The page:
said, that he entirely disagreed with almost every word that had fallen from the hon. Gentleman who had just sat down. The question before the House, which was one of undoubted difficulty, had been brought forward in so able and temperate a manner, and with so many and such strong arguments, that he was anxious to state at once why he was unable to assent to the Bill. He admitted that a grievance had not only been stated, but clearly shown to exist, and he thought a remedy ought to be provided; but he had told the hon. and learned Member privately that the provisions of his Bill were very objectionable, and that on that account it would be impossible for him to vote for the second reading. At the same time, considering that there were in this country eight prisons in which there were above 100 Roman Catholic prisoners, while in many others the number ranged above 50, he thought it was clear that something should be done. He submitted that a remedy should be found by the Government, who ought to consider the whole question, and bring forward upon their own responsibility a measure which, while steering clear of the many difficulties that surrounded the subject, would do substantial justice to the Roman Catholic portion of the community. The clause in the present Bill which gave the nomination of Roman Catholic chaplains to the Roman Catholic bishops was peculiarly objectionable. He did not say that it actually amounted to a violation of the Ecclesiastical Titles Act, but it "sailed far too near the wind to be pleasant." Our own chaplains were appointed by the visiting justices, and the Bishops of the Established Church had no more to do with them than he had; indeed, not so much, because he happened to be a visiting justice. The hon. Member for Peterborough (Mr. Whalley) had used a most extraordinary argument—namely, that no case had been made out by the author of the Bill, because the great bulk of Roman Catholic prisoners did not want to see a priest. Certainly, a thief was not the most likely man to desire to be reformed, and the hon. Member might as well have said that criminals did not wish to be imprisoned for their misdeeds. But our object was to reform as well as to punish; and if the prisoners in our gaols were allowed to refuse the visits of clergymen, and to shut themselves up with their own evil thoughts, the odds were that, instead of reforming them, we should return them to society more hardened then before. It had occurred to him that the best way of dealing with the matter, so as to steer clear of all the difficulties which beset it in an ecclesiastical point of view, would be to give the visiting justices power under an Act of Parliament, in cases were necessity existed, to provide and pay for the religious instruction of all prisoners not belonging to the Established Church, whether Roman Catholics or Protestant Dissenters. He advised the hon. and learned Gentleman to withdraw his Bill, and to leave the matter in the hands of the Government.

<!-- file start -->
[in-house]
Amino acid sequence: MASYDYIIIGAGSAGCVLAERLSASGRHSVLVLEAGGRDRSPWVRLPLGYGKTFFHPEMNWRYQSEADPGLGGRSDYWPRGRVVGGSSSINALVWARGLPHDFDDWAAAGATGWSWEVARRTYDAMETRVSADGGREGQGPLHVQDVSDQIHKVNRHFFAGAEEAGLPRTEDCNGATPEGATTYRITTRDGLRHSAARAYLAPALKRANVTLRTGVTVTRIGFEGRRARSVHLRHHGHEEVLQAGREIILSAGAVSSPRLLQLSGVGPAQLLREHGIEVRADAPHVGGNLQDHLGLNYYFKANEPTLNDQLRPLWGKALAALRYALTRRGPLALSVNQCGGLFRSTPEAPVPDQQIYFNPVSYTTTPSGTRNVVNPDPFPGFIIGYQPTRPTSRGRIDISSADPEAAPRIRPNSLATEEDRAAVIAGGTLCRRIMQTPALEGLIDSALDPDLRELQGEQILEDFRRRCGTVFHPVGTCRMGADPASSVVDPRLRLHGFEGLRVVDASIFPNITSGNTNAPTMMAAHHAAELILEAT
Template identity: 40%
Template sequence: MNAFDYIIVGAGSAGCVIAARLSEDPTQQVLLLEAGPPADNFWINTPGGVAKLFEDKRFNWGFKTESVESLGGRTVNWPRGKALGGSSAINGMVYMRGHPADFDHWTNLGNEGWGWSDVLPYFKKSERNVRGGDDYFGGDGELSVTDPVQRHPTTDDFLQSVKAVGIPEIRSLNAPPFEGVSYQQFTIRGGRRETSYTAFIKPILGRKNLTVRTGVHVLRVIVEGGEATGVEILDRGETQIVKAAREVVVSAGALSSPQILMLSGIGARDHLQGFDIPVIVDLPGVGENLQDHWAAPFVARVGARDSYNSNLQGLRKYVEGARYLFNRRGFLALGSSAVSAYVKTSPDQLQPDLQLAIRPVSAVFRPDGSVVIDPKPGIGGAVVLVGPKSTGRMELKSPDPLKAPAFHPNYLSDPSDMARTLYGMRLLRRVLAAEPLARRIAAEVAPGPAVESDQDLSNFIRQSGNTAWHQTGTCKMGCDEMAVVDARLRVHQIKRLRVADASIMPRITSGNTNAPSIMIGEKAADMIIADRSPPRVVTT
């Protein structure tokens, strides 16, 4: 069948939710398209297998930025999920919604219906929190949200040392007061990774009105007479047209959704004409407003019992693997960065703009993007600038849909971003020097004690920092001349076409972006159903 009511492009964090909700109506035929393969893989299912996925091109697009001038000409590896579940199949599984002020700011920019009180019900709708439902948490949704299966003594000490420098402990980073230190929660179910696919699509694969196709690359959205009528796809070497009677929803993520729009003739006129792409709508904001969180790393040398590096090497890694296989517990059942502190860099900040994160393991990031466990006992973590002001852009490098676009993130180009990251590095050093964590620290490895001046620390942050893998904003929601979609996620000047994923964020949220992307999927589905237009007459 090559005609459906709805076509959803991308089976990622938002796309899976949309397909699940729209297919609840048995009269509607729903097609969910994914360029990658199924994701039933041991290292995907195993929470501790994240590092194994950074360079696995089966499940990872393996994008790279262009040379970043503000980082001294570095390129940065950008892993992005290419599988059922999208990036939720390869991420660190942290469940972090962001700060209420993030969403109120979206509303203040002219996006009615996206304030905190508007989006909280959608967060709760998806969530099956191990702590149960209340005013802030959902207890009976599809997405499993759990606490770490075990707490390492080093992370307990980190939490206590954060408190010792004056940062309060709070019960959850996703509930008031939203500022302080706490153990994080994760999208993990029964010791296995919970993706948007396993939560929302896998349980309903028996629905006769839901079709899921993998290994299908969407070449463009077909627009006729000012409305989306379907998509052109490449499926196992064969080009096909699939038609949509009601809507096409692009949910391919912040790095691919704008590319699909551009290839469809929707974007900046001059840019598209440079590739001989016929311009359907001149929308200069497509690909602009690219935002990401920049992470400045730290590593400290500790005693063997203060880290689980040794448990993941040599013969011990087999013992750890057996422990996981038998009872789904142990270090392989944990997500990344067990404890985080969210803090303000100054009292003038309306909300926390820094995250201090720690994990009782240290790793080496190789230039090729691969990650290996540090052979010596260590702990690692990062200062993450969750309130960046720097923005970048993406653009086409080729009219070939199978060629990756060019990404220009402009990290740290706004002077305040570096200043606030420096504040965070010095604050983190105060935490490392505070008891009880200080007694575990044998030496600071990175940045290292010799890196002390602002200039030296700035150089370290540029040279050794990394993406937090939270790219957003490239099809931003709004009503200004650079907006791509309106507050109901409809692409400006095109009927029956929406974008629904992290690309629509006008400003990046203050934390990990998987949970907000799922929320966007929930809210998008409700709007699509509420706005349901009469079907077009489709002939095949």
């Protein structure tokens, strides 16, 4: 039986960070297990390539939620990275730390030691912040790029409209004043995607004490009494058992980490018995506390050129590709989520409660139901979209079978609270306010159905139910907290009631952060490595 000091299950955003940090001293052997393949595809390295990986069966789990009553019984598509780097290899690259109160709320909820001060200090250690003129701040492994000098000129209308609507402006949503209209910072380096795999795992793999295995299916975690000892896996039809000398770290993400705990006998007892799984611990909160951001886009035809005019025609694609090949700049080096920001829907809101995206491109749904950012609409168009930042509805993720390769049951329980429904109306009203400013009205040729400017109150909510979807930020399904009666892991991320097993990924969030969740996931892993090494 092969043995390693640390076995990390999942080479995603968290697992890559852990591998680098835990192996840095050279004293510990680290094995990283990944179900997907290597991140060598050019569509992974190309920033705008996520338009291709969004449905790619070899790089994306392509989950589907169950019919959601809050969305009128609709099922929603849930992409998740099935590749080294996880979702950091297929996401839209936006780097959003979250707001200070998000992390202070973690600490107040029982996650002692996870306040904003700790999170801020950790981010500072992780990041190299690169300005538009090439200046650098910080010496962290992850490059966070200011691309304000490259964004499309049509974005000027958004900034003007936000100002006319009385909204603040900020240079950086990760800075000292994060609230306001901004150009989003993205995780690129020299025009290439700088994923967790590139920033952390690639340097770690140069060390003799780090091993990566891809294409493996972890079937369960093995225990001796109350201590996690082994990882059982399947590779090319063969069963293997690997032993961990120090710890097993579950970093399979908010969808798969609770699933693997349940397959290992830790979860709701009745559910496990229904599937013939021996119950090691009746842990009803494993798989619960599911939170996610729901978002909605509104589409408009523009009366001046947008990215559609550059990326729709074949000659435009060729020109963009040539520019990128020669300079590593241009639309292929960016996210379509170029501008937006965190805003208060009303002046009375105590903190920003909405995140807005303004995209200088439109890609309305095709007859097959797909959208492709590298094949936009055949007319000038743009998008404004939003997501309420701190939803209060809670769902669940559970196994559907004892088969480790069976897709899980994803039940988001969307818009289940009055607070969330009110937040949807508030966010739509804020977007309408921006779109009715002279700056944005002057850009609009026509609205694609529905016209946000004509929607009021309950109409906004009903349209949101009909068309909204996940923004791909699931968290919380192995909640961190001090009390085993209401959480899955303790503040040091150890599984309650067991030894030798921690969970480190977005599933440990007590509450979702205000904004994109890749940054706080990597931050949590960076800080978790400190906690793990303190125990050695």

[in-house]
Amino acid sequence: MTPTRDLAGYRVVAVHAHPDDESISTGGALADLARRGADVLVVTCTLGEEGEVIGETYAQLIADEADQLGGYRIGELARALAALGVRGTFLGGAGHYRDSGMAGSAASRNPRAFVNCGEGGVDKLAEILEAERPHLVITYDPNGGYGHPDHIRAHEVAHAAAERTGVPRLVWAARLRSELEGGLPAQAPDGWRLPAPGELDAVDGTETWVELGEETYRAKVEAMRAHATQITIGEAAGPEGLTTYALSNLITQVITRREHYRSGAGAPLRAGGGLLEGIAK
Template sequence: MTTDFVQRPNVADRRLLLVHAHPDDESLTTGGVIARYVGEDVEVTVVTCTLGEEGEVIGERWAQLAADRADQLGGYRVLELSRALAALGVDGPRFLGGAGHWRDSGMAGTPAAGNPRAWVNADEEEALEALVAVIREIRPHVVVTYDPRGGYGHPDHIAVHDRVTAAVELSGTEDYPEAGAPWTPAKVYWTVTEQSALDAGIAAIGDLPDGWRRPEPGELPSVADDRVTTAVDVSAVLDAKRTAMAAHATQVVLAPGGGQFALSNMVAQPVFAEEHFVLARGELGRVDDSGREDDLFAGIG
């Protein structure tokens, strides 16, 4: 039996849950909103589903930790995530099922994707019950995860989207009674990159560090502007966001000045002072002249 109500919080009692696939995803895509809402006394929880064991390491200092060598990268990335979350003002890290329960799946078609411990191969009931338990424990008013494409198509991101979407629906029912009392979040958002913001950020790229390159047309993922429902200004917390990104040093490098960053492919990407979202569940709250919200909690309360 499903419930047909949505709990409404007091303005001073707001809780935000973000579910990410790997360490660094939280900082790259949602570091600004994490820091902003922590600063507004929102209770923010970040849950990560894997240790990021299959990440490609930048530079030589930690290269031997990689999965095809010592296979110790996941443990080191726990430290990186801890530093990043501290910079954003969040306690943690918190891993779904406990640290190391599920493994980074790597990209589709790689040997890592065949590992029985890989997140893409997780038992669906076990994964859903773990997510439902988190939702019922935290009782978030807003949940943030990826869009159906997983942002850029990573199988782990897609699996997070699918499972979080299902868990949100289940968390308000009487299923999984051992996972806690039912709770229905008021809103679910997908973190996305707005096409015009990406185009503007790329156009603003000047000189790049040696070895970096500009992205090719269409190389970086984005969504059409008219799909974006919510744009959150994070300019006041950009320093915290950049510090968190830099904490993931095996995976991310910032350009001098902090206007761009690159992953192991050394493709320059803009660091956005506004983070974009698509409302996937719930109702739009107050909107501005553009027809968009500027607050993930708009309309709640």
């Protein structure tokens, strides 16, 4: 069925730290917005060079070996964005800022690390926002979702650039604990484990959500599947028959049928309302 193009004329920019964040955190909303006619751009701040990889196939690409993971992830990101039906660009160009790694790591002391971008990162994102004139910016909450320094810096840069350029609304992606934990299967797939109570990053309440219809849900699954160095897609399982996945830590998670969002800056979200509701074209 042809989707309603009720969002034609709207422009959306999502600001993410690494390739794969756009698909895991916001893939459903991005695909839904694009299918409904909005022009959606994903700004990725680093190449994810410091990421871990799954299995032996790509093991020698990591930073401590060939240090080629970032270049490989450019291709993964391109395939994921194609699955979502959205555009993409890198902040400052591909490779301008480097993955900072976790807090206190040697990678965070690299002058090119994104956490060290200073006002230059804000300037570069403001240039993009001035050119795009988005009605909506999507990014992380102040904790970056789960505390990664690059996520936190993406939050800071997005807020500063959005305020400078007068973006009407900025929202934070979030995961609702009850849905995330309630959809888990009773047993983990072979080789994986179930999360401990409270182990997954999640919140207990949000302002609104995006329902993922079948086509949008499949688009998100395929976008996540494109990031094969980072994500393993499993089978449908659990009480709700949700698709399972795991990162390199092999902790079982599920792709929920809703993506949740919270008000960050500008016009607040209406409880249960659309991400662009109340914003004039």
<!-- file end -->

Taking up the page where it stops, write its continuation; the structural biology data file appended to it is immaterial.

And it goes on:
begged to express his entire concurrence in the general opinions stated by the right hon. Gentleman (Mr. Henley). Those opinions were not now put before the House for the first time. In fact, the right hon. Gentleman had substantially repeated to-day the statement which he himself addressed to the House on a recent occasion, when he induced the House to grant a sum of money to be placed at the disposal of the Government to enable them to provide for the attendance of Roman Catholic priests in convict prisons. He based that proposal on the large number of Roman Catholic prisoners confined in convict prisons, on the absence of any provision for their religious instruction, and on the practical result in the cases of Dartmoor and Portland—namely, that the attendance of the priests, who lived at a distance, was most irregular. He was happy to say that arrangements were now in progress by which that grievance would be removed in convict prisons. It had been truly said that this subject was attended with great difficulty, and, with an anxious desire to remove what he admitted to be a practical grievance, he regretted to say that the provisions of the present Bill were such as would render him unable to vote for the second reading. There was a distinction, which had not been adverted to, between the convict prisons and the county and borough prisons. There was a power to appoint chaplains to convict prisons, but their duties were not strictly defined by law. In the borough and county prisons the duties of the chaplain were very accurately defined; one of those duties being that the chaplain should visit every prisoner, whether Protestant or Roman Catholic; and if the prisoners were under separate punishment, the chaplain was obliged to visit them daily. Every Roman Catholic prisoner might, at his own special request, see a priest; and if one was within reach, no doubt a priest would be found willing to attend, and the law gave to that priest a right to attend that prisoner. But it was impossible to look at the return on the table without seeing, that although such was the provision of the law, it had very little practical operation. In Liverpool gaol, for instance, there were above 500 Roman Catholic prisoners, but only between thirty and forty had requested to see a priest. The hon. Gentleman the Member for Peterborough (Mr. Whalley) said they should exclude priests from access to Roman Catholic prisoners, because they would inculcate error, and that only truth should be inculcated. But the law did not go to that length. It expressly authorized the attendance of Roman Catholic priests where a prisoner desired it. That doctrine was not held with regard to the army, and the cases, to a certain extent, were analogous. Both in the army and in military prisons ample provision was made for the religious instruction of Roman Catholics. The principle, he thought, should be adopted in regard to gaols generally. In a matter of so much difficulty he was unwilling to pledge himself to a Bill on the subject. He felt, however, that it was one which deserved the consideration of the Government. He had given a good deal of consideration to it, and he trusted he might be able to submit some measure founded on the principle stated by the right hon. Gentleman the Member for Oxfordshire (Mr. Henley)—namely, giving power to justices to secure the attendance of ministers of other persuasions than the Established Church—not confining the relief to the Roman Catholics—and, according to the circumstances of each case, to do what was now done in convict prisons; not compelling the attendance of persons of any denomination on the minister of that denomination but giving them the fullest opportunity of doing so. With regard to the provisions of this Bill, he must say that they were open to very serious objection. The hon. and learned Gentleman was ready to make extensive alterations, but he was still unprepared to assent to the second reading. In the case of convict prisons, chaplains were appointed by the Secretary of State, and in county and borough prisons by justices. Not only had they the power of appointment, but of removal, in the case of chaplains as of all other prison officers. It was essential to the proper exercise of their responsibility that the law should not take away from them that authority. Under this Bill, however, the Roman Catholic bishop was to have the power of appointment. It was true a clergyman of the Established Church could not officiate legally within any diocese without the licence of his Bishop; but the Bishop was not able to nominate, nor could he remove except by withdrawing his licence. He had no power to interfere with the discretion of the justices in the removal of a chaplain. The third clause, however, of this Bill gave the Roman Catholic Bishop absolute power to remove the priest. There were other objections to the Bill, but he did not wish to go into them now. The hon. and learned Gentleman had asked them to agree to the preamble of the Bill; but they must look to the provisions of a Bill, and therefore, while believing that a grievance existed, he could not, looking at the objections he had stated, give his assent to the second reading. He recommended the hon. and learned Gentleman to withdraw the Bill.